Once the flamboyant face of the brash, Super Bowl champion 1985 Chicago Bears, former quarterback Jim McMahon has come to be known more as a face of the horrors that football can wreak on an athlete’s body and brain. He’s got chronic pain in multiple joints, and suffers from early-onset dementia as a result of the pounding he took in his 15-year NFL career. Now, because of how he’s been treating those conditions, McMahon could have a third association to his name: Advocate for medical marijuana.
McMahon lives in Arizona, where he takes state-approved marijuana to treat his pain and depression, as an alternative to the prescription painkillers he’d taken for years. McMahon said that the pills “did more harm than good,” and that cannabis “has been a godsend.” Now, he’s coming out publicly as an advocate because the state of Illinois is debating a bill that would expand the list of approved usages for marijuana to include chronic pain.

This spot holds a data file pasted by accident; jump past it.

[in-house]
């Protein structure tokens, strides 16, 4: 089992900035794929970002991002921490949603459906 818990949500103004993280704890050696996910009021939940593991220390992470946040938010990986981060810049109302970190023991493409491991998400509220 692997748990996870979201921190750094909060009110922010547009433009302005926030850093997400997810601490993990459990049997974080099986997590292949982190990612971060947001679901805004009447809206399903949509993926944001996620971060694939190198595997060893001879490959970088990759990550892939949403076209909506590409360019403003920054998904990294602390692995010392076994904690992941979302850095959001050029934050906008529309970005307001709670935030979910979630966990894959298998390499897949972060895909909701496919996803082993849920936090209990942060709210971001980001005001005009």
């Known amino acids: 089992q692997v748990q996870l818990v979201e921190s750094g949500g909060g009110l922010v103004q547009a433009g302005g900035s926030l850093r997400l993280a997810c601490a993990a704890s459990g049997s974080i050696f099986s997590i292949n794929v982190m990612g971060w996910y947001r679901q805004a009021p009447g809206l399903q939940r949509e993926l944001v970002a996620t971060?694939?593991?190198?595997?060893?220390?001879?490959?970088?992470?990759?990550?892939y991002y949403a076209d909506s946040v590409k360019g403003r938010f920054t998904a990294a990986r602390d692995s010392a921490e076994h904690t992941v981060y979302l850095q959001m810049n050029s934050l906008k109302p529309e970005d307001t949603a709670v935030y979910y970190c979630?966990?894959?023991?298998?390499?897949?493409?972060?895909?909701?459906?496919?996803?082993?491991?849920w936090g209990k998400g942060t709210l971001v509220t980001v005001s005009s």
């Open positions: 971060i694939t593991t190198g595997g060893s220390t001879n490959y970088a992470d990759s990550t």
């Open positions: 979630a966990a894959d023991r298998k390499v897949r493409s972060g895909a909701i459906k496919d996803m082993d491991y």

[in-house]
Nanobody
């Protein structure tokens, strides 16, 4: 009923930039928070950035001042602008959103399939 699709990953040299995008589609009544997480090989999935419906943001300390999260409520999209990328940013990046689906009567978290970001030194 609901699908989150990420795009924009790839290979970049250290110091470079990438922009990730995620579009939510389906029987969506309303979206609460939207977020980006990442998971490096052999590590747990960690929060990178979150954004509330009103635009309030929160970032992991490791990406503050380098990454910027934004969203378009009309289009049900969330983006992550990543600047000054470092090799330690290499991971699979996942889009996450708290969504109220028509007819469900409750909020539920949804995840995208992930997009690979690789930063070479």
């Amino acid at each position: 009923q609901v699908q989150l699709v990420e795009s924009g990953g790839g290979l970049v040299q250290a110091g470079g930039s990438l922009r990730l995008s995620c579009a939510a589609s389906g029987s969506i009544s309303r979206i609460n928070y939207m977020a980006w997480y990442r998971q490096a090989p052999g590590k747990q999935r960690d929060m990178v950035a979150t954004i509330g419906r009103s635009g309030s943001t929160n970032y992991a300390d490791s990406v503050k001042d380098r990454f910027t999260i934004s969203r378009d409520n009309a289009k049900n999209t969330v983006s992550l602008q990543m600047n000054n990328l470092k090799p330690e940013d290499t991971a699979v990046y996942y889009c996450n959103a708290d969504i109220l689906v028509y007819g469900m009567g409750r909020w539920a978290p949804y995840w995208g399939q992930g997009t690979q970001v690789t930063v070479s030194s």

McMahon is the second well-known former athlete in as many weeks to extol the virtues of cannabis as a substitute for harder, narcotic painkillers — former Portland Trail Blazer Clifford Robinson is starting a medical marijuana business as well. Additionally, former NFL tight end Nate Jackson, like Robinson, admitted in March of last year that he used marijuana as a painkiller in the NFL, and connected the dots explicity to the debilitating post-career conditions that McMahon has experienced:
“I feel like I exited the game with my mind intact. And I credit that to marijuana in a lot of ways and not getting hooked on these pain pills that are recklessly distributed in the league when a guy gets an injury.”
These athletes and their stories are backed by increased evidence that cannabis has far fewer negative side effects than older treatments for conditions frequently experienced by athletes, and hopefully they’re part of a rising tide toward removing the stigma of therapeutic marijuana use, both for athletes and in society as a whole.
(Via Chicago Tribune)